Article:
Will China’s Economic Engine Derail?

While many were questioning how to catch up to Japan’s economic peak, she entered a valley that has extended 20 years. After World War 1, the United Kingdom enterred a valley from its 19th century of hegemony and ceded the peak to the United States.  I question what will derail China’s economic engine.

Just as the United States has regional cultures; its fast paced, driven New York, its mercurial collegiateness in our nation’s capitol, its stoic yet heartfelt community of Iowans, and its new wave, multicultural progressiveness of California (I am ,with apologies, stereotyping), I saw similar threads in China in 1993. Hong Kong seared with international commerce. Guangzhou had the business mind of a Chicago. Inland provinces, with their peasantry, certainly seemed more agrarian than even poorer parts of Mississippi that I saw as a child. But Beijing?

I was forbidden to speak of Tiananmen Square while in the country, but I was able to freely stroll through this immense open ground. As I did, I could sense the eruption that had precipitated there just four years earlier. The backlash of the economic reforms begun in 1978 was that students and workers gathered in the square to demonstrate for social reform in 1989. The government of China, through the live fire clearing of that square, let it be known that reforms would be economic, not democratic.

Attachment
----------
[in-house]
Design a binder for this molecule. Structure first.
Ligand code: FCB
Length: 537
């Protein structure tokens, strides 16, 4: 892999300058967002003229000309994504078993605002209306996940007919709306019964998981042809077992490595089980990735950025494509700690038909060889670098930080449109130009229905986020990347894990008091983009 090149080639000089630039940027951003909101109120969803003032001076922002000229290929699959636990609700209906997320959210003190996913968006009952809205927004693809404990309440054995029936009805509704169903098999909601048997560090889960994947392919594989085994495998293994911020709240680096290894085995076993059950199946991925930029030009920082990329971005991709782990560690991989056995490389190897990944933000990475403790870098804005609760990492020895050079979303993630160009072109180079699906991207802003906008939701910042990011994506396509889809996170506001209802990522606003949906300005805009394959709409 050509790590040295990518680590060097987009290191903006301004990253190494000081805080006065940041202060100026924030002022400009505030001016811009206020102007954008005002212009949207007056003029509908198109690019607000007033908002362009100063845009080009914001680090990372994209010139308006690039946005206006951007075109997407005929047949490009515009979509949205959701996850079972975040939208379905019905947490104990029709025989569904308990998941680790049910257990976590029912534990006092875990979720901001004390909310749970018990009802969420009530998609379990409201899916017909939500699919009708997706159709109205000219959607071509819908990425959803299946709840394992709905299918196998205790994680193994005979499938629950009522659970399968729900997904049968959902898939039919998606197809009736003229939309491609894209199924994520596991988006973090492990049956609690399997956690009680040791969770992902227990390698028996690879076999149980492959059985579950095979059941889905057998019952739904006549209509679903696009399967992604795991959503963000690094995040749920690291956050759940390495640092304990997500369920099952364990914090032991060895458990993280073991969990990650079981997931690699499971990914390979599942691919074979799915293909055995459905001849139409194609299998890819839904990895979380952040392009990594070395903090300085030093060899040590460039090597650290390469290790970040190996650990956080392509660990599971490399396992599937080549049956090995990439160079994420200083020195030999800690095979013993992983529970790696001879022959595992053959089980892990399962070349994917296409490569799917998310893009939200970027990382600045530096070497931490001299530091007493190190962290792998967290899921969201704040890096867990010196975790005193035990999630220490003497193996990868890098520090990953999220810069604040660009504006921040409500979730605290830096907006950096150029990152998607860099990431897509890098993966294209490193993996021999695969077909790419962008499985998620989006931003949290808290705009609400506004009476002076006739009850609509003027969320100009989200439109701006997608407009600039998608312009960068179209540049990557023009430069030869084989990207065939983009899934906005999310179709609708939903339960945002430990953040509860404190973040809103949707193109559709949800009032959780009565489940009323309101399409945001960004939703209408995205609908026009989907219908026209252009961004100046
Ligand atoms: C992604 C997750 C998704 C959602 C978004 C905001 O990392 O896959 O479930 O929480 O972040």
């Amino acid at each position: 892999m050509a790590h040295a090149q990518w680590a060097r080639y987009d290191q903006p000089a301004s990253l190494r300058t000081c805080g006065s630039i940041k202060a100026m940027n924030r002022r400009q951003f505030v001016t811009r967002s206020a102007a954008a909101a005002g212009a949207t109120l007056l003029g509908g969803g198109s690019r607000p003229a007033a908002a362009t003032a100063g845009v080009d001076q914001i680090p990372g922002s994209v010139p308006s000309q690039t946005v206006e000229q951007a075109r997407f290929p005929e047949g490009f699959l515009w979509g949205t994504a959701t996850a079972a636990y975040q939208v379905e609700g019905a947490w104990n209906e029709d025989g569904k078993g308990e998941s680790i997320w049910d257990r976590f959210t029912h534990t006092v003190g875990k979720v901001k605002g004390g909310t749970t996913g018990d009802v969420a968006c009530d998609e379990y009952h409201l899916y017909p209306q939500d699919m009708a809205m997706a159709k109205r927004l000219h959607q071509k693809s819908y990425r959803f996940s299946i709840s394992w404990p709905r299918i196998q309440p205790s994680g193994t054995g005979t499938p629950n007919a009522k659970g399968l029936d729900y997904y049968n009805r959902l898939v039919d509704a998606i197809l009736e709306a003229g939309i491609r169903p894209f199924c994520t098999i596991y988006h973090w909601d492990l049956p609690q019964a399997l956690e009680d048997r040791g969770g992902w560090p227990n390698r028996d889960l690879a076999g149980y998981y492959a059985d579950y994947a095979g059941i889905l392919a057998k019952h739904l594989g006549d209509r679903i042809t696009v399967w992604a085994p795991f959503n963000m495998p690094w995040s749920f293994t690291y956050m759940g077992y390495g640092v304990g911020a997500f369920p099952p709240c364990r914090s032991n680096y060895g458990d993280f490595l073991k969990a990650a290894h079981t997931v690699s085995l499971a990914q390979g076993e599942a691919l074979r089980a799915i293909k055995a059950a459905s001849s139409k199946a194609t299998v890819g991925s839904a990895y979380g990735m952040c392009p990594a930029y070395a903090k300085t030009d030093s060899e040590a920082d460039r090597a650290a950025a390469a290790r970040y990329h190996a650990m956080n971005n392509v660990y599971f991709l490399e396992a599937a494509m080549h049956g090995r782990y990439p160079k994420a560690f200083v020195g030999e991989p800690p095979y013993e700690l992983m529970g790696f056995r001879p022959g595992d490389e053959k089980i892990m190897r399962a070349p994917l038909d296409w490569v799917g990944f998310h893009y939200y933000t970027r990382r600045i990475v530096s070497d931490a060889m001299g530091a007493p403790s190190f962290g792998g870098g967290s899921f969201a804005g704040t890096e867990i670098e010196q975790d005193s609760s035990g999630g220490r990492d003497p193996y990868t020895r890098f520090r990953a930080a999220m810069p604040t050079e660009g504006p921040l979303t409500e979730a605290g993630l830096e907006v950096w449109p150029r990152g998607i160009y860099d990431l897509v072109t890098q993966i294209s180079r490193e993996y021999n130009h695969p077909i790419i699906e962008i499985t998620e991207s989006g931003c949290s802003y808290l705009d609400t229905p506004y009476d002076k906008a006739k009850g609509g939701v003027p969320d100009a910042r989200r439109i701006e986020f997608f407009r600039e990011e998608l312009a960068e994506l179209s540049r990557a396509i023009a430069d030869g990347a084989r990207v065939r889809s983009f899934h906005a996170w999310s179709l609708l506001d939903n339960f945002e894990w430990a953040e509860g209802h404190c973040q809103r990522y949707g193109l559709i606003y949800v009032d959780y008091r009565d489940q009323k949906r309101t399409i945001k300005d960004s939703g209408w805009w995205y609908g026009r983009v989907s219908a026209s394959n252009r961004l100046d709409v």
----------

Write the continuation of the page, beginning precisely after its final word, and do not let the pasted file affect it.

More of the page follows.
Like in no other city or province that I visited, I saw many in the streets loyally touting traditional communist garb, expressing support of the regime that would carry on China’s dynasty. Even as China planned for the tremendous economic growth we have seen in the last decade, her leaders were developing a sense for how socialist politics would keep a firm grip on capitalistic economic reform, and how capitalistic economics would provide gradual relief from their authoritarian rule for her citizens.

It seems that China planned to carefully pace its economic reforms while raising Chinese walls between the differing social mores of its provinces. Beijing would be as a socialist chariot tied to its racing horses of capitalism, its coastal economic engines such as the city of Shenzhen. China’s leaders have managed to engineer success very well so far. And even as inflation seems to threaten their near term horizon, direct foreign investment continues to spur their economic plans, accelerating to new levels in the past year. I do not foresee a long term derailing of China’s planned economy with capitalism as its means.

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